Sunday, February 22, 2015


If what you see is what you get, then I'm not through my getting yet

Yellow Jasper

Fragment of the head of a Queen:
Photo behind it:

Egyptian workers on an excavation site

carrying sand or artifacts in small woven baskets

"The Ground On Which I Stand"
An American Masters documentary about August Wilson
Scene from
"Jem Of The Ocean"

Flight Feathers
Screen Capture
"Owl Power"

Throwback Thursday
Seventies when a photographer friend used me in a series
Another Throwback
Women I knew from my film days
Agnes Varda-Carol Clement-Ariel Dougherty

The Quilt I loved
from Deanna Cohen's recent post at Face book

Painting by Michael Sowa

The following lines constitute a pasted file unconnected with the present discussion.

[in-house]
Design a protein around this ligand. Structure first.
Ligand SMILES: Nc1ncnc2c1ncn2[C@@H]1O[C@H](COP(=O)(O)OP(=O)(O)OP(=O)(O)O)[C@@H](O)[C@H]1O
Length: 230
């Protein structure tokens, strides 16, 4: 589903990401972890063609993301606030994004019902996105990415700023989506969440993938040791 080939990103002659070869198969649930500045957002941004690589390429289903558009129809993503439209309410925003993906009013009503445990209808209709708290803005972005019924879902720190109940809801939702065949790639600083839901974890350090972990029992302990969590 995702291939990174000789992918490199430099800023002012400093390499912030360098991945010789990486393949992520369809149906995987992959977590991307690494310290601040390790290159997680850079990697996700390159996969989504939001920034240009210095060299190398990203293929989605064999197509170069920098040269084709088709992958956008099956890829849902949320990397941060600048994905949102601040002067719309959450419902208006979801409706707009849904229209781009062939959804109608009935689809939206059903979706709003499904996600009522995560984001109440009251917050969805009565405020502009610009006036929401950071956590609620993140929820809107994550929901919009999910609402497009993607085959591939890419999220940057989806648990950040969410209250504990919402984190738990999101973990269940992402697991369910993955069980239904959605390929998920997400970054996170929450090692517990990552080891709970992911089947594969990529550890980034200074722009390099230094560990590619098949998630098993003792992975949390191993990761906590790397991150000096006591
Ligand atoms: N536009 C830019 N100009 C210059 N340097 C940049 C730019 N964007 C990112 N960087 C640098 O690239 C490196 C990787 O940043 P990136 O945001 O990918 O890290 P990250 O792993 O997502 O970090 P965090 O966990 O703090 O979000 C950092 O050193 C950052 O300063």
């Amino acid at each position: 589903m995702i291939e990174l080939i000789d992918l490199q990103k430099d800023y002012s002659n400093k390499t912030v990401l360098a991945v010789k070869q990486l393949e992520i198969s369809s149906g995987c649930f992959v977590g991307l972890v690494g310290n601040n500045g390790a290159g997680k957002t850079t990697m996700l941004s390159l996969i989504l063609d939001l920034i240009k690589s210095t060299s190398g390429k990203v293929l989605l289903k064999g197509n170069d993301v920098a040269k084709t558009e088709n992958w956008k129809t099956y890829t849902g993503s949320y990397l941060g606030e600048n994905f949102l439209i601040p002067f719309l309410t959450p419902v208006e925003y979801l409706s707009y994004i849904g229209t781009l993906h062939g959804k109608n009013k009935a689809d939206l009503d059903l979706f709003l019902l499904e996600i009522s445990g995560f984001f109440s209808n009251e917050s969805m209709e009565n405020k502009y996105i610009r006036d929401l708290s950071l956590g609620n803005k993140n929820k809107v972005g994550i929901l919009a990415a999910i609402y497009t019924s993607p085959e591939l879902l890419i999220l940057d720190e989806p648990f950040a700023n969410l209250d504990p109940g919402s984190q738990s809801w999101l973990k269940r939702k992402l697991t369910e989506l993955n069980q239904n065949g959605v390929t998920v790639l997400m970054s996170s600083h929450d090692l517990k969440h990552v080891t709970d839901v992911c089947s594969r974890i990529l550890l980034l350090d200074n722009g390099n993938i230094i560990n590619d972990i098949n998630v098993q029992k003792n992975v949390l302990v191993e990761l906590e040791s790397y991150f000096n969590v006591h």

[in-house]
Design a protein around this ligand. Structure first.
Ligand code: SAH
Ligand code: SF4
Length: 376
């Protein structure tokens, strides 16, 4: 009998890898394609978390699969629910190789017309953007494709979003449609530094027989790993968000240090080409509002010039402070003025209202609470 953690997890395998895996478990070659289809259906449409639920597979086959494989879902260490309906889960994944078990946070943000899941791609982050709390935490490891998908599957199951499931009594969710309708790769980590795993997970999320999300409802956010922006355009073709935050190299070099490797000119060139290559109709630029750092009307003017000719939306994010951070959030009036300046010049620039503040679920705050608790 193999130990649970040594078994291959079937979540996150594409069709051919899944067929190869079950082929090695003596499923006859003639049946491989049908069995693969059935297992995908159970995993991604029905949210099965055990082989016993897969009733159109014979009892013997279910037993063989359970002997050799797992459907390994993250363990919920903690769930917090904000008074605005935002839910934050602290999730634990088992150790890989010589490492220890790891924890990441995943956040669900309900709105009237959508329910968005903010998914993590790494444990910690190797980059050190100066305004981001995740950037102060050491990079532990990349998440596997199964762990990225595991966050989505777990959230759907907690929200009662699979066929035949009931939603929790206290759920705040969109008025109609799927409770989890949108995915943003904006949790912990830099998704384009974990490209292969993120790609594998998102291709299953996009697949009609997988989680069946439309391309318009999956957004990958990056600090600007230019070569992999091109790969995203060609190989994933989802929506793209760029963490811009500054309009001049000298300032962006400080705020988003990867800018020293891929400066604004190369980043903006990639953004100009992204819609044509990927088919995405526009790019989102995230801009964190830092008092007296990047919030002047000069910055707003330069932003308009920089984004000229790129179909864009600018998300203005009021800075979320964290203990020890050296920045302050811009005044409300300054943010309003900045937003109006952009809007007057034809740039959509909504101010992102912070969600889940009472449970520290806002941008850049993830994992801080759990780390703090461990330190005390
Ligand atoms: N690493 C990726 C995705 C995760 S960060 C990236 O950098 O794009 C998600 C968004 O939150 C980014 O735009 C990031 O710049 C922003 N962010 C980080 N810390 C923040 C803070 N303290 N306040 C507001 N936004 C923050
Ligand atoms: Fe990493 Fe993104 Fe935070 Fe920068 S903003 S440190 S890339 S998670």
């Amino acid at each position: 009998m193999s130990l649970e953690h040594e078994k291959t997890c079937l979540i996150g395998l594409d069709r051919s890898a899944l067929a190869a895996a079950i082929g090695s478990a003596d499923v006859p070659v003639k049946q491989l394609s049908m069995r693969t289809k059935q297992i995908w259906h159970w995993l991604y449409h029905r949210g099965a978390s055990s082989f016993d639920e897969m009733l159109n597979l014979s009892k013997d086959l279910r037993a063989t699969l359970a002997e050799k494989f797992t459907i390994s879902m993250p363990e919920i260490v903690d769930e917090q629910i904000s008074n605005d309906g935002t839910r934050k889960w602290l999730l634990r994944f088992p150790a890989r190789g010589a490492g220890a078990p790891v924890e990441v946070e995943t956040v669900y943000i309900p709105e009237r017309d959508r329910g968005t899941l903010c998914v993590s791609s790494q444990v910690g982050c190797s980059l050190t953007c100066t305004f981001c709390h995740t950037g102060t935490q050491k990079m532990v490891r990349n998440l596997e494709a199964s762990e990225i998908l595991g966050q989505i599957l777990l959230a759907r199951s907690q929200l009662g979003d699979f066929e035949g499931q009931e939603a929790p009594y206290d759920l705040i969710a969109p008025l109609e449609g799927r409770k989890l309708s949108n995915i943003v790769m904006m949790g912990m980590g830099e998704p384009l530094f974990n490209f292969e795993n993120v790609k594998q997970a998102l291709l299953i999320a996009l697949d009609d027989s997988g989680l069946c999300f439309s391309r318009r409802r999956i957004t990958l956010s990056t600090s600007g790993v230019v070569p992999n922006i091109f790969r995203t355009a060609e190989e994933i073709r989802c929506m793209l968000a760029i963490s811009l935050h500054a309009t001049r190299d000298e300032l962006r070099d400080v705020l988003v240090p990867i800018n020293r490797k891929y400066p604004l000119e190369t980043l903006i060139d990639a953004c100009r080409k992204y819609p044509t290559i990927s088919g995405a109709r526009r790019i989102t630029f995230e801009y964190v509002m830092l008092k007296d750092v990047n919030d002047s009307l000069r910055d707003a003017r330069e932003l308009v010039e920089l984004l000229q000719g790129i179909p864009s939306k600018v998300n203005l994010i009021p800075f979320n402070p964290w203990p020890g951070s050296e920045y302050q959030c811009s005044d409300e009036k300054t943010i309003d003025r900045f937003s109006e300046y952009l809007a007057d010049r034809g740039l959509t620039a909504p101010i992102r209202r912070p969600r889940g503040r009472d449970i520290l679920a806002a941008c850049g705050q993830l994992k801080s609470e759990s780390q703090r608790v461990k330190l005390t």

Out Back In Manhattan
Shadows and Textures
Lines and Tracks

 Fragment of Cloth Art
by Grace Forest
 See the whole cloth still in process:

Lower Manhattan Full Moon Collage
On February 23rd in 1927, physicist Werner Heisenberg first described his Uncertainty Principle in a letter. In a nutshell, the Uncertainty Principle states that the more precisely we can determine a particle's momentum, the less information we have about its position, and vice versa. The principle represents one of the most fundamental differences between quantum mechanics and classical physics.  Albert Einstein - who was a classical physicist - disagreed with quantum mechanics in general and the Uncertainty Principle in particular; he said, "I like to believe that the moon is still there even if we don't look at it."
The most potent part of everything is invisible and unknowable,
 It's transmitted through words that suggest it--by images, by gestures,
by thoughts that float on the air we share, and yet it remains itself.

Wednesday, February 18, 2015


OmNamah Shivaya